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Great Britain. Church of England Archbishop: The words ‘Our Father’ can be problematic

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The second-highest-ranking Church of England clergyman suggests the first words of the Lord’s Prayer, “Our Father”, may be “problematic” for some people. Archbishop Stephen Cottrell’s words were criticized by Canon Dr. Chris Sugden, chairman of the conservative group Anglican Mainstream.

Archbishop of York Stephen Cottrell – the second highest-ranking clergyman of the Church England – suggested on Friday that the first words of the Lord’s Prayer, “Our Father”, may be “problematic” for some people.

“I know the word ‘father’ is problematic for those whose experiences with earthly fathers have been destructive and abusive, and for all of us who have struggled too hard in life’s oppressive patriarchal grip,” Cottrell said in his opening address at the York General Synod of the Church of England.

The comment was a brief remark in a speech focusing on the need for unity in the Church of England, which has been strongly divided over issues of sexuality, identity and equality for years. However, reactions to Cottrell’s words indicate that these words will cause even greater divisiveness.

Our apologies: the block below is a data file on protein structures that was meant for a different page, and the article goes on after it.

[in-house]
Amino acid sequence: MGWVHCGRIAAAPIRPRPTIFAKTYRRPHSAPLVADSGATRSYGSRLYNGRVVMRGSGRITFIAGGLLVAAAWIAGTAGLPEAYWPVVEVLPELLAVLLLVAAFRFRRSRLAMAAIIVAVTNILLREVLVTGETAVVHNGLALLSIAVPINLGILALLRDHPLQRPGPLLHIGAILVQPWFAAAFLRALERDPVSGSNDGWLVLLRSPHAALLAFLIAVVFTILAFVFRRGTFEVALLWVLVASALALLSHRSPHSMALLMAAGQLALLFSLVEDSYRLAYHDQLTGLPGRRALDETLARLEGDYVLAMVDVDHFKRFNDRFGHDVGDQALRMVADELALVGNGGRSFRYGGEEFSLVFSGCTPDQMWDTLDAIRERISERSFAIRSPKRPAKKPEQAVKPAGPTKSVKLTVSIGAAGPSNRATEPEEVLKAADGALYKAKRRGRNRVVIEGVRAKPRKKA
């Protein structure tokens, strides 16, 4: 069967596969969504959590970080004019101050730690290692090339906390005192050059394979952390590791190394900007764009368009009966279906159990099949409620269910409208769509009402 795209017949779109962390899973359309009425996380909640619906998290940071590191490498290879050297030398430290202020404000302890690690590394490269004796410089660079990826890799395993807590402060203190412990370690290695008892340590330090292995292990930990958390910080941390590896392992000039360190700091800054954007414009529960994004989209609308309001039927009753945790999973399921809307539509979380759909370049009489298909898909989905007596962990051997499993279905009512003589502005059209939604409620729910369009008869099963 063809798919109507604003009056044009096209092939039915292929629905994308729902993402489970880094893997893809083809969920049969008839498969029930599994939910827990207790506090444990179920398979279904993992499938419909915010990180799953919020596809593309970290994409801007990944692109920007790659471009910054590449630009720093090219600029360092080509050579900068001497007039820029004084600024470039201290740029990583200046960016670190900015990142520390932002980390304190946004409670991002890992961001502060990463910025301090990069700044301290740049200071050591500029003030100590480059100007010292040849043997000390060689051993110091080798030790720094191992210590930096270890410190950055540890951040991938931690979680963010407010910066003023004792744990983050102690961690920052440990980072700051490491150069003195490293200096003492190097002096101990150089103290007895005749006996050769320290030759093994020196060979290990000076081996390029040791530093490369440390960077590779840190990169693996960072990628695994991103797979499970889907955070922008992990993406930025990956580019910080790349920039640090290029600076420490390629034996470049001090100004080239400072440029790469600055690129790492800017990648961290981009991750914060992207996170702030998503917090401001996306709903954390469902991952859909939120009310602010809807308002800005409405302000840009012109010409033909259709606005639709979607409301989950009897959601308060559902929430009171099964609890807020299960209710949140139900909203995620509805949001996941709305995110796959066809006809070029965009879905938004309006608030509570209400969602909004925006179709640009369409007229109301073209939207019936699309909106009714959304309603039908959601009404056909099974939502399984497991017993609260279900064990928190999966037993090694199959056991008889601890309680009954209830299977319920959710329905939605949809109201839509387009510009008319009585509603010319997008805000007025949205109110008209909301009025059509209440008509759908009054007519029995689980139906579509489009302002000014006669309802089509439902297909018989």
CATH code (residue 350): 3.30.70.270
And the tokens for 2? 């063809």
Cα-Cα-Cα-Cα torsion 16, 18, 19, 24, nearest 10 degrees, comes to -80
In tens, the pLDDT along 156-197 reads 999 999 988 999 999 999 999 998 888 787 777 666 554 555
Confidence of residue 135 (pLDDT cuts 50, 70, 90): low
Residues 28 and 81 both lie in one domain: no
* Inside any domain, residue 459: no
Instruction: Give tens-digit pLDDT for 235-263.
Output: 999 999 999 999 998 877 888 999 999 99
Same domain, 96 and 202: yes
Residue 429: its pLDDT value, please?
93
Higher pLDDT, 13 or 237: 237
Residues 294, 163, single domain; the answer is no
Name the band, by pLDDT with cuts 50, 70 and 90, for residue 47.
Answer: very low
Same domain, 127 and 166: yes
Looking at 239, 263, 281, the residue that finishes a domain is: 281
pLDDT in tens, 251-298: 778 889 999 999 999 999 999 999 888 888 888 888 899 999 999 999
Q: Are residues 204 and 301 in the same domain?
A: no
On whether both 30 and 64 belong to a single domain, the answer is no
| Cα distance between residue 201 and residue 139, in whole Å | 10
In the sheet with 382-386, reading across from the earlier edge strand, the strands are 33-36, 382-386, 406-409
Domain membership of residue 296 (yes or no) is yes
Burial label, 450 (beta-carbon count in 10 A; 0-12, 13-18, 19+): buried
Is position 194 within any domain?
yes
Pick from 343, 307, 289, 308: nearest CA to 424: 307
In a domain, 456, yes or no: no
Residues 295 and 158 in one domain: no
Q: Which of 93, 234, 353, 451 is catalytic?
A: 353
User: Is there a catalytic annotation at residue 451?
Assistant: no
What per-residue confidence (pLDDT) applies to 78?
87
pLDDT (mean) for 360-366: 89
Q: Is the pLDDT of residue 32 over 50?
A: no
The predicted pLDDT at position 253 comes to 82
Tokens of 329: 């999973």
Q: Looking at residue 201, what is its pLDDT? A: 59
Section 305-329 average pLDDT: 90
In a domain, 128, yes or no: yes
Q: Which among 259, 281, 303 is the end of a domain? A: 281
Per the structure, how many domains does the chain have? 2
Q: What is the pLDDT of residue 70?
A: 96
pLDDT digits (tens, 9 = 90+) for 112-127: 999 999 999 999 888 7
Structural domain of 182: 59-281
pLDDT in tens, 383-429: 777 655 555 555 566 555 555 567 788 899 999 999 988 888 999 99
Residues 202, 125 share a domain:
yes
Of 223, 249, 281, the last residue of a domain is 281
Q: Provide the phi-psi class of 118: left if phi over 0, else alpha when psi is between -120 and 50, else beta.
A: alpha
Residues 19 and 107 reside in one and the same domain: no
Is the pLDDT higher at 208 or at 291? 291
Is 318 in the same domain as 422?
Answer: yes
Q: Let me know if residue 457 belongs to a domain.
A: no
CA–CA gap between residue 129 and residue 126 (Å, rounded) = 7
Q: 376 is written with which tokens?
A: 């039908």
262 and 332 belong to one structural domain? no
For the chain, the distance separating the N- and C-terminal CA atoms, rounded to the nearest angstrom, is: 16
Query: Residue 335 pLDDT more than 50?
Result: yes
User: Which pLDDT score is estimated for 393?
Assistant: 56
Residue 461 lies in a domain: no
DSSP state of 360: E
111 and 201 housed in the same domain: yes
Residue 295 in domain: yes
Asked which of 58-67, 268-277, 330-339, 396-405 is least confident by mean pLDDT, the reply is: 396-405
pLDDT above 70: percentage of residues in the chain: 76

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The Church of England is considering using gender-neutral terms for GodShutterstock

Sugden: Does the Archbishop of York say Jesus was wrong?

Following his speech, Canon Dr. Chris Sugden, chairman of the conservative group Anglican Mainstream, pointed out that in the Bible Jesus called people to pray to “our Father”.

– Is the Archbishop of York saying that Jesus was wrong, or that Jesus was not pastorally aware? It seems to be characteristic of the approach of some church leaders that they take their cues from culture rather than scripture, he said.

Christina Rees, who campaigned for women bishops, said Cottrell raised an issue that “is a really lively issue for Christians and has been for many years.”

– The most important question is: do we really believe that God believes that men carry His image more fully and accurately than women? The answer is absolutely not, she said.

In February, the Church of England said it would consider whether to stop referring to God as “He,” in response to calls from some priests who asked permission to use gender-neutral terms.

Main photo source: Shutterstock



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